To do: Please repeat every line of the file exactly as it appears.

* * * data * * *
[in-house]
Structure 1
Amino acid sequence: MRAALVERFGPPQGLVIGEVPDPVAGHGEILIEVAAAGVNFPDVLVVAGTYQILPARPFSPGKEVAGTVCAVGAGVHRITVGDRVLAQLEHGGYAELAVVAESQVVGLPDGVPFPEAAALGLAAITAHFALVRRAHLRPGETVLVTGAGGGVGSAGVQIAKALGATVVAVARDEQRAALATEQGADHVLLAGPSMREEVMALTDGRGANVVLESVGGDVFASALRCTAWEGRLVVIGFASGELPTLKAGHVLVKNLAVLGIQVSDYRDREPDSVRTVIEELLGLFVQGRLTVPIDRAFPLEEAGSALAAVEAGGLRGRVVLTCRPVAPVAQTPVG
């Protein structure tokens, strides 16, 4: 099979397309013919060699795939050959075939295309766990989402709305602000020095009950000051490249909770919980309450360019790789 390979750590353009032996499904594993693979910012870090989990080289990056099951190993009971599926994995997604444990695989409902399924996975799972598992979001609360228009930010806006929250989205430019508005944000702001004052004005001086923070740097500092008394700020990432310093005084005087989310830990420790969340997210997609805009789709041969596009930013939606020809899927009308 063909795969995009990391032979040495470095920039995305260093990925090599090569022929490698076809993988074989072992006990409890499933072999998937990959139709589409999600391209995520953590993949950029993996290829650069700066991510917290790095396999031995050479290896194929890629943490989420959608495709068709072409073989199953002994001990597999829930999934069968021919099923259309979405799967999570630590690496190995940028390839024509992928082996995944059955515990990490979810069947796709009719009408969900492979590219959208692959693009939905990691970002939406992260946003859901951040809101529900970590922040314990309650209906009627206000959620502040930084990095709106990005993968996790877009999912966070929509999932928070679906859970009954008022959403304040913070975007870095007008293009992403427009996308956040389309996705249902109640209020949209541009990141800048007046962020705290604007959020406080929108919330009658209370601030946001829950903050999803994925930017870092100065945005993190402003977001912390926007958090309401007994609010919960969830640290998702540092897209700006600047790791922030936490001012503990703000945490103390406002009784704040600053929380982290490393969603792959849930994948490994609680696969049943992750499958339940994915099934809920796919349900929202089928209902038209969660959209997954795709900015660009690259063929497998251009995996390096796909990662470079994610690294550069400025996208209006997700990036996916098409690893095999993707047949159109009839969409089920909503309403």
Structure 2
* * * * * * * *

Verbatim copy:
[in-house]
Structure 1
Amino acid sequence: MRAALVERFGPPQGLVIGEVPDPVAGHGEILIEVAAAGVNFPDVLVVAGTYQILPARPFSPGKEVAGTVCAVGAGVHRITVGDRVLAQLEHGGYAELAVVAESQVVGLPDGVPFPEAAALGLAAITAHFALVRRAHLRPGETVLVTGAGGGVGSAGVQIAKALGATVVAVARDEQRAALATEQGADHVLLAGPSMREEVMALTDGRGANVVLESVGGDVFASALRCTAWEGRLVVIGFASGELPTLKAGHVLVKNLAVLGIQVSDYRDREPDSVRTVIEELLGLFVQGRLTVPIDRAFPLEEAGSALAAVEAGGLRGRVVLTCRPVAPVAQTPVG
């Protein structure tokens, strides 16, 4: 099979397309013919060699795939050959075939295309766990989402709305602000020095009950000051490249909770919980309450360019790789 390979750590353009032996499904594993693979910012870090989990080289990056099951190993009971599926994995997604444990695989409902399924996975799972598992979001609360228009930010806006929250989205430019508005944000702001004052004005001086923070740097500092008394700020990432310093005084005087989310830990420790969340997210997609805009789709041969596009930013939606020809899927009308 063909795969995009990391032979040495470095920039995305260093990925090599090569022929490698076809993988074989072992006990409890499933072999998937990959139709589409999600391209995520953590993949950029993996290829650069700066991510917290790095396999031995050479290896194929890629943490989420959608495709068709072409073989199953002994001990597999829930999934069968021919099923259309979405799967999570630590690496190995940028390839024509992928082996995944059955515990990490979810069947796709009719009408969900492979590219959208692959693009939905990691970002939406992260946003859901951040809101529900970590922040314990309650209906009627206000959620502040930084990095709106990005993968996790877009999912966070929509999932928070679906859970009954008022959403304040913070975007870095007008293009992403427009996308956040389309996705249902109640209020949209541009990141800048007046962020705290604007959020406080929108919330009658209370601030946001829950903050999803994925930017870092100065945005993190402003977001912390926007958090309401007994609010919960969830640290998702540092897209700006600047790791922030936490001012503990703000945490103390406002009784704040600053929380982290490393969603792959849930994948490994609680696969049943992750499958339940994915099934809920796919349900929202089928209902038209969660959209997954795709900015660009690259063929497998251009995996390096796909990662470079994610690294550069400025996208209006997700990036996916098409690893095999993707047949159109009839969409089920909503309403």
Structure 2